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article imageSocial equity the slumbering elephant behind legalizing marijuana

By Karen Graham     May 19, 2019 in Politics
Questions about marijuana and social justice have played a prominent role this year in several U.S. states' debates about pot legalization.
The debate centers around striking a blow for social justice after a decades-long drug war that disproportionately targeted minority and poor communities. And like the slumbering elephant in the center of the room, no one quite knows how to address its presence.
While the debates and discussions over social equity have been part of the marijuana legalization question, states that have already legalized recreational marijuana are also endeavoring to make up for the consequences and racial disparities of decades of policing pot.
The marijuana law-making process has been complicated by questions of how best to erase marijuana convictions and ensure that people who were arrested for pot benefit from legal marijuana markets. The thing is - advocates for social equity are saying that legalization hasn't done enough to achieve those goals.
In the US  the biggest consumer of drugs from Mexico  23 states and the capital Washington now allow...
In the US, the biggest consumer of drugs from Mexico, 23 states and the capital Washington now allow medical marijuana, and four others plus the US capital have legalized pot for recreational use
Yuri Cortez, AFP
Any number of ideas have been suggested, including clearing convictions; trying to carve out a place in the burgeoning cannabis business for minorities, the poor and people with past pot arrests; and channeling pot tax money to communities where arrests were prevalent.
Critics are even more disparaging, saying the legalization of pot has managed to accelerate inequality as cannabis becomes big business for companies generally run by white men. “We’re at the stage of marijuana reform 2.0,” said Douglas Berman, an Ohio State University law professor who follows marijuana policy, according to the Associated Press.
Berman says the whole conversation has shifted from just being about legalization to “which track should we make sure we head down?”
Mexico is set to consider a bill to legalize marijuana; in a file image  its military burned the cro...
Mexico is set to consider a bill to legalize marijuana; in a file image, its military burned the crop
Guillermo Arias, AFP
Recreational pot is legal in 10 states and the District of Columbia, while two-thirds of the states have legalized medical marijuana. But interestingly, in Colorado, a state report found that while arrests for marijuana were down, the arrest rate remained higher among blacks five years after a 2012 vote for legalization.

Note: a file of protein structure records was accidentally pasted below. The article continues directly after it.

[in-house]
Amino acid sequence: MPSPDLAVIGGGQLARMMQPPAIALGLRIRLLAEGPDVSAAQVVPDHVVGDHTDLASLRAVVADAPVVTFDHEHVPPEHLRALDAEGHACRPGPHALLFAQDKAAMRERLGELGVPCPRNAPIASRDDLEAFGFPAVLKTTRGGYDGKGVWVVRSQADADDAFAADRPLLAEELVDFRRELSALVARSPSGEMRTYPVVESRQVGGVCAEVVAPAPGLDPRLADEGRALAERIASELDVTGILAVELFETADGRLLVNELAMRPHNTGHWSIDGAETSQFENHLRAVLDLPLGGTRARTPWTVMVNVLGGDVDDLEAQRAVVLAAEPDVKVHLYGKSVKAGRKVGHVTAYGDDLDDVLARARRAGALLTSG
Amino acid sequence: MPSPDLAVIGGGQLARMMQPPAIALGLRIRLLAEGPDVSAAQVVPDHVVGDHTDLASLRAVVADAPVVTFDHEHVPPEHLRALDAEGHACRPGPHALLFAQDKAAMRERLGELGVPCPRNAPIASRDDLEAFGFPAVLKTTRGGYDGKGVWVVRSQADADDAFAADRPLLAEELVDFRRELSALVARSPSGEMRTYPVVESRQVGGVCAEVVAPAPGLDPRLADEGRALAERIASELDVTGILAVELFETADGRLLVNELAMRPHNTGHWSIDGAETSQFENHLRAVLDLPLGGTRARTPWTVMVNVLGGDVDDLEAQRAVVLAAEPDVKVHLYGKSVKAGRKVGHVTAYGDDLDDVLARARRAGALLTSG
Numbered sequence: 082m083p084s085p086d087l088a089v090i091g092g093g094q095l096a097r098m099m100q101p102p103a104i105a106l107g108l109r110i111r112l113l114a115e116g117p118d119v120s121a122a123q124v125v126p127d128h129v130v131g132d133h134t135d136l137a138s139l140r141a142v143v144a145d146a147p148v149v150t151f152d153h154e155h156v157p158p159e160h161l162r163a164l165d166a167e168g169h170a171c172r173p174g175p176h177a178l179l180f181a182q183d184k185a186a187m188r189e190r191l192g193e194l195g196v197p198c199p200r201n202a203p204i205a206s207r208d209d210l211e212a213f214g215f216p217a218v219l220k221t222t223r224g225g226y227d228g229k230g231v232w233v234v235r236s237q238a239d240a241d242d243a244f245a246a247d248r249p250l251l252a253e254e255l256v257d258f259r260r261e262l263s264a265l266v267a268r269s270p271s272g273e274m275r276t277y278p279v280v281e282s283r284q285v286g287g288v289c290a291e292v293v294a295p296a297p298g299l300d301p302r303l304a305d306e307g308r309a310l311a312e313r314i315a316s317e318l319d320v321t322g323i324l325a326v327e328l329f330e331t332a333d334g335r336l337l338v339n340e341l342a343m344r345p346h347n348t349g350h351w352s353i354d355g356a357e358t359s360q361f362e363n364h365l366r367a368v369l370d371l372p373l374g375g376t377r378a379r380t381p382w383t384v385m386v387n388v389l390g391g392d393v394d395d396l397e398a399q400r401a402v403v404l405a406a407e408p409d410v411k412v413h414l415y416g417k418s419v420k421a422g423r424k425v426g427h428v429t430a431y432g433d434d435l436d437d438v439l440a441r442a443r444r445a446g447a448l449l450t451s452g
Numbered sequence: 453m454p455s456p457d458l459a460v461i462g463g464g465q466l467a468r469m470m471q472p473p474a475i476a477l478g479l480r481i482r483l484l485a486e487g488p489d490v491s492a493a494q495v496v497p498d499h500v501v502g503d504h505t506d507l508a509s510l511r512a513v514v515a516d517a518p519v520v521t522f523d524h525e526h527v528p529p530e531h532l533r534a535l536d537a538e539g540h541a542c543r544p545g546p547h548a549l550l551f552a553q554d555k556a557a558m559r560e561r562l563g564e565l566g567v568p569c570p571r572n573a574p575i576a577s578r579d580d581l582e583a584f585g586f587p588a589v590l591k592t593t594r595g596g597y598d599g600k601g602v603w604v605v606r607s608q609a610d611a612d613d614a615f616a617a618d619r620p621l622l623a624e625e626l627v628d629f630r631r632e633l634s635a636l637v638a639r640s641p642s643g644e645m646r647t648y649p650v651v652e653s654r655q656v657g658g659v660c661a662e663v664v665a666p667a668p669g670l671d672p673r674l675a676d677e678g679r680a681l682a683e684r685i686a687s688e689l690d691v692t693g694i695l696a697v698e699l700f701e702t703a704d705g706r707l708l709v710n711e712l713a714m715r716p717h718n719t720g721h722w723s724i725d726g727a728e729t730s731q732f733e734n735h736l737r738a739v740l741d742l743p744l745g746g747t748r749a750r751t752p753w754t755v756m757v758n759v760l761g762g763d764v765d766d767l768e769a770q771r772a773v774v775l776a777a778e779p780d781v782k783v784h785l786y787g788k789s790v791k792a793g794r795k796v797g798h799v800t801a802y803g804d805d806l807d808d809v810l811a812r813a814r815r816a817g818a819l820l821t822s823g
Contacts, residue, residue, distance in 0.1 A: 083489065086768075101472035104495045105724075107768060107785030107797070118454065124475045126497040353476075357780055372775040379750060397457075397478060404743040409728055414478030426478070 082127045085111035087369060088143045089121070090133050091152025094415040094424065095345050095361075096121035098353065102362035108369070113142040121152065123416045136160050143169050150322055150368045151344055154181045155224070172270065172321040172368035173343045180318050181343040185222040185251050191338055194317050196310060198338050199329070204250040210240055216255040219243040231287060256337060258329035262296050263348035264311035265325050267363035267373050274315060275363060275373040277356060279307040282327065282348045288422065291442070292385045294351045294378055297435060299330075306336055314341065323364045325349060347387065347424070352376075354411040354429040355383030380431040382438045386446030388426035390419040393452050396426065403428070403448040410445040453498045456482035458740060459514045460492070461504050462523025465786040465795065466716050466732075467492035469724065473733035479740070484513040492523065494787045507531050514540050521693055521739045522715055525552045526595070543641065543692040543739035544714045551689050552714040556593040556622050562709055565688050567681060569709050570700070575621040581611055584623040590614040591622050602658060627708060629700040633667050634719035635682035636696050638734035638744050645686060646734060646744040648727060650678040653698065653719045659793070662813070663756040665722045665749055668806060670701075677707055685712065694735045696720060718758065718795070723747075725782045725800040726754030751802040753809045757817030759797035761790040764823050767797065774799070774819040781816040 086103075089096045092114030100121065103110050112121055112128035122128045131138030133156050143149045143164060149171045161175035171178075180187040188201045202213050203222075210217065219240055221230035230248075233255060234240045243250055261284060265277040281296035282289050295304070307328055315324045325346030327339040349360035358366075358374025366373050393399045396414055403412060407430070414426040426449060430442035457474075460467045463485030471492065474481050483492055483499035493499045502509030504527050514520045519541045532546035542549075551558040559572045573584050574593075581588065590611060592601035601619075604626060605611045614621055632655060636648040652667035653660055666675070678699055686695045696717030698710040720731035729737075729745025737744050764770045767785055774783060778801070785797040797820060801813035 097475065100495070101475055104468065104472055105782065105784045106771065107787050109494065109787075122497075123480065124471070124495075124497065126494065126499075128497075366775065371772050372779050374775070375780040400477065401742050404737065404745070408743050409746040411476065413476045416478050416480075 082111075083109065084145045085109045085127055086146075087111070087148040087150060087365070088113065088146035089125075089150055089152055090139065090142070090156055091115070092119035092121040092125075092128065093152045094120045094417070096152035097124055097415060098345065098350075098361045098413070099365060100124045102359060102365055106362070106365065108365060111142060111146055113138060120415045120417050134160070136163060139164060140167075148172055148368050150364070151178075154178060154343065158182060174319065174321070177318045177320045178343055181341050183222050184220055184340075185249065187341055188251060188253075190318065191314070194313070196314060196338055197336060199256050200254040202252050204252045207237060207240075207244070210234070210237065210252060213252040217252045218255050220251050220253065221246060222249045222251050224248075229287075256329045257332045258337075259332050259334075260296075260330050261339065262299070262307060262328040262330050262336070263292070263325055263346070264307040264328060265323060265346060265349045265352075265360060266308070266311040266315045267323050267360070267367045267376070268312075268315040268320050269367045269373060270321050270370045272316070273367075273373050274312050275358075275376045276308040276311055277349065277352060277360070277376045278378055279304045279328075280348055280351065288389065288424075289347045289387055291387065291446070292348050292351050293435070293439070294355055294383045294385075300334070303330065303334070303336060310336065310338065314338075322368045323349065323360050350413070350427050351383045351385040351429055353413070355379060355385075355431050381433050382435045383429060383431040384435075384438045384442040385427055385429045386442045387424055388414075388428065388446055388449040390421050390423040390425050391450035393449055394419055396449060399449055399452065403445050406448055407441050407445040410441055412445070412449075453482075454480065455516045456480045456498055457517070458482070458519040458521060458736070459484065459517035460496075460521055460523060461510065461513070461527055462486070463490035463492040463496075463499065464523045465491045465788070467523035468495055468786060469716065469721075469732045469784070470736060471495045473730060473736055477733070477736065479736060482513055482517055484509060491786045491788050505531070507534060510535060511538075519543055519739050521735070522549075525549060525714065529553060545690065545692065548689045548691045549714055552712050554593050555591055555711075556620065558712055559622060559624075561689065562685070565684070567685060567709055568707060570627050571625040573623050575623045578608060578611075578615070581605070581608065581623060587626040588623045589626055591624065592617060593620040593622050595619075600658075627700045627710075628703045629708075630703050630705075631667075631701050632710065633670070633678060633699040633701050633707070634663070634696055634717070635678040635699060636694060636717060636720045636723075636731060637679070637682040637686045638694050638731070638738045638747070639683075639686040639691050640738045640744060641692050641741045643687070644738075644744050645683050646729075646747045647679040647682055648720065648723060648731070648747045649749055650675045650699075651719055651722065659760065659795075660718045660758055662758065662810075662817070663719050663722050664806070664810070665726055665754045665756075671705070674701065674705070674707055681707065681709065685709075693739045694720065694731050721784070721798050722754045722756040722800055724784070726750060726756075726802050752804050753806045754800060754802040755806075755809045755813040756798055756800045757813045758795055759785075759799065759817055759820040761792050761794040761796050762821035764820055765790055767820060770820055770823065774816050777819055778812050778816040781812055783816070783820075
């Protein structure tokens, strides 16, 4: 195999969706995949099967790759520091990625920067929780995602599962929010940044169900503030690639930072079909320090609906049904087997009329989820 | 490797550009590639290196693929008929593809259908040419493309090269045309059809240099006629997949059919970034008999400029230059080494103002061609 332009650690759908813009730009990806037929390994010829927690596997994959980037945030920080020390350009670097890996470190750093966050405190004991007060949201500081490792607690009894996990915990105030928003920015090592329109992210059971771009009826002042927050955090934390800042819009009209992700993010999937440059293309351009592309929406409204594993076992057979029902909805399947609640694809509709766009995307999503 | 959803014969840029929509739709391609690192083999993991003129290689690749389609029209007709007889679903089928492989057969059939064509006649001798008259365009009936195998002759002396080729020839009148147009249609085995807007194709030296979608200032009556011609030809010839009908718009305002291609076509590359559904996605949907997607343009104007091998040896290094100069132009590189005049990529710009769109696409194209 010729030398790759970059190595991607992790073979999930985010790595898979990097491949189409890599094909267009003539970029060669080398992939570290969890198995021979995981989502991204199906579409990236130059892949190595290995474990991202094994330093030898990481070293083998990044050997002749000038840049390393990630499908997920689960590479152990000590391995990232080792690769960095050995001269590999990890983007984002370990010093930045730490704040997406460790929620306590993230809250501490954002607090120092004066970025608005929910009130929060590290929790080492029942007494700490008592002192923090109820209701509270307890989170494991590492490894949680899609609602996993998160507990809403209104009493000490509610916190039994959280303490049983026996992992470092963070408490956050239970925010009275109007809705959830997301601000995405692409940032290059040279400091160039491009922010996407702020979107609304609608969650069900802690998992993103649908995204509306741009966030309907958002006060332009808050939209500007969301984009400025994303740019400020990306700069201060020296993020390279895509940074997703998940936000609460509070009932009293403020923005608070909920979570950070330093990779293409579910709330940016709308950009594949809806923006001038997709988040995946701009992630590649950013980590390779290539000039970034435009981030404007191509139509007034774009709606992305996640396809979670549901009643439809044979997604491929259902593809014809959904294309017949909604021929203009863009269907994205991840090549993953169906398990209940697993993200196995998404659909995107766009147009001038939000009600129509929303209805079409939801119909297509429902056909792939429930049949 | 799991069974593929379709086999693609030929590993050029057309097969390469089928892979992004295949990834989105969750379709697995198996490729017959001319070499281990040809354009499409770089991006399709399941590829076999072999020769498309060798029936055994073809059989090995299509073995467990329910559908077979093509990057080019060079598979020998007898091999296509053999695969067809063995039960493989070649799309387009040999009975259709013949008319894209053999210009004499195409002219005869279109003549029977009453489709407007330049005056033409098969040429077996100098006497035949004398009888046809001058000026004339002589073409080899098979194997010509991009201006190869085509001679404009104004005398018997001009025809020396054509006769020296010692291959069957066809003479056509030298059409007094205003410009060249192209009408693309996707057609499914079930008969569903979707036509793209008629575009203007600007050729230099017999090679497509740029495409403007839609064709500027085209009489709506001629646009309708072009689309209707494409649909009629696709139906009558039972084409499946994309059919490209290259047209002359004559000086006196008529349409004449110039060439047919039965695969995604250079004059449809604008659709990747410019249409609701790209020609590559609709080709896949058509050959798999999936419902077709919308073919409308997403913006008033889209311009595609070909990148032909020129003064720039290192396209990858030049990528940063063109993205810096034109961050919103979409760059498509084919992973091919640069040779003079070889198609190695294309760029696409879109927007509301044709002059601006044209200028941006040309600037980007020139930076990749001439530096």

And not so surprising - the emerging marijuana industry is very white, at least according to the limited data available, says the AP.
“It’s obviously a problem,” said Morgan Fox of the National Cannabis Industry Association, which has helped craft suggestions for social equity legislation.
Two people share a cannabis joint
Two people share a cannabis joint
Fred Dufour, AFP/File
One encouraging sign is the efforts of the Cannabis Trade Federation. They announced on May 16 the formation of a task force centered on diversity, equity and inclusion (DEI) in the cannabis industry. The group will be working on crafting a diversity and equity policy in conjunction with the NAACP and other civil rights groups.
Why social equity is important today
Social equity is a concept that applies concerns of justice and fairness to social policy. Its use as a matter of policy has gained prominence since the 1960s. You could say President Richard Nixon's "war on drugs" was the cause of mass injustice that prompted the later need for social justice.
The Controlled Substance Act went into effect in 1970. From that time on, the government spent billions of taxpayer dollars enforcing drug policy. Cannabis remains a Schedule 1 drug, which afforded law enforcement the leeway to prosecute heavily.
The country saw an increase in private, for-profit prisons spawned by the demand for beds to handle the numbers of arrests because drug policies were very helpful. During this time, the rate of arrest for minorities rose well above that of their white counterparts and remains high, despite roughly equal usage rates, for cannabis.
Here's the kicker - In 2017, 60,000 people were arrested for cannabis law violations. Of that number, 91 percent were arrested for cannabis possession only, (not drug trafficking or manufacturing). Nearly half, actually, 47 percent of the people arrested were Black or Latino.
So now we are looking at getting social equity to forge a path toward business ownership for the people who have been hurt most by previous cannabis laws. And we should be able to get to some kind of real justice if we have an open and honest discussion.
More about legalizing marijuana, social equity, Social justice, California, Colorado
 
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